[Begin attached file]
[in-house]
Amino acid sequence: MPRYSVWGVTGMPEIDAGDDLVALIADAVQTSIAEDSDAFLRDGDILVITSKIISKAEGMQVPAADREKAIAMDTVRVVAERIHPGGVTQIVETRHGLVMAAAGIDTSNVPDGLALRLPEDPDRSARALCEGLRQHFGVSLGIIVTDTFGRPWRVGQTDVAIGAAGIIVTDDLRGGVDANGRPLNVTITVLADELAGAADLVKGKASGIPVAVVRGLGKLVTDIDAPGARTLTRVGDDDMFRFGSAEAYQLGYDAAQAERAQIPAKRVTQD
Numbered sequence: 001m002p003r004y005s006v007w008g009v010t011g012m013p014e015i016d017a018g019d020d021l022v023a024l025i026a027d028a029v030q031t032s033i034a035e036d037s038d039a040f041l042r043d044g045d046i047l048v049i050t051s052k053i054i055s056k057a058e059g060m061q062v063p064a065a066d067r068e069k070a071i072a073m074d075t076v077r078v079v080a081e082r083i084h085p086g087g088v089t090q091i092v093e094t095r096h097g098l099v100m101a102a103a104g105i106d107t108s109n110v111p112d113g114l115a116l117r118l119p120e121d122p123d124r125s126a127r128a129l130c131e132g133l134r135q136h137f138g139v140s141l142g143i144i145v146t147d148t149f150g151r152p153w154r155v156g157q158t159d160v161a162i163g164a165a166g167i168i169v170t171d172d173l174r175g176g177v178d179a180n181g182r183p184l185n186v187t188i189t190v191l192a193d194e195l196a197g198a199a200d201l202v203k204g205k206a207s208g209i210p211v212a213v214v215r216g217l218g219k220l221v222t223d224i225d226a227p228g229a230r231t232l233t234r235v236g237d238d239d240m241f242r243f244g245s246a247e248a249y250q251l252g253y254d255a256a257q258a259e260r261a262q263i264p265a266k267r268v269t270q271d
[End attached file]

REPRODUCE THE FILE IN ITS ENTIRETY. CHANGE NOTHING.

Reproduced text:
[in-house]
Amino acid sequence: MPRYSVWGVTGMPEIDAGDDLVALIADAVQTSIAEDSDAFLRDGDILVITSKIISKAEGMQVPAADREKAIAMDTVRVVAERIHPGGVTQIVETRHGLVMAAAGIDTSNVPDGLALRLPEDPDRSARALCEGLRQHFGVSLGIIVTDTFGRPWRVGQTDVAIGAAGIIVTDDLRGGVDANGRPLNVTITVLADELAGAADLVKGKASGIPVAVVRGLGKLVTDIDAPGARTLTRVGDDDMFRFGSAEAYQLGYDAAQAERAQIPAKRVTQD
Numbered sequence: 001m002p003r004y005s006v007w008g009v010t011g012m013p014e015i016d017a018g019d020d021l022v023a024l025i026a027d028a029v030q031t032s033i034a035e036d037s038d039a040f041l042r043d044g045d046i047l048v049i050t051s052k053i054i055s056k057a058e059g060m061q062v063p064a065a066d067r068e069k070a071i072a073m074d075t076v077r078v079v080a081e082r083i084h085p086g087g088v089t090q091i092v093e094t095r096h097g098l099v100m101a102a103a104g105i106d107t108s109n110v111p112d113g114l115a116l117r118l119p120e121d122p123d124r125s126a127r128a129l130c131e132g133l134r135q136h137f138g139v140s141l142g143i144i145v146t147d148t149f150g151r152p153w154r155v156g157q158t159d160v161a162i163g164a165a166g167i168i169v170t171d172d173l174r175g176g177v178d179a180n181g182r183p184l185n186v187t188i189t190v191l192a193d194e195l196a197g198a199a200d201l202v203k204g205k206a207s208g209i210p211v212a213v214v215r216g217l218g219k220l221v222t223d224i225d226a227p228g229a230r231t232l233t234r235v236g237d238d239d240m241f242r243f244g245s246a247e248a249y250q251l252g253y254d255a256a257q258a259e260r261a262q263i264p265a266k267r268v269t270q271d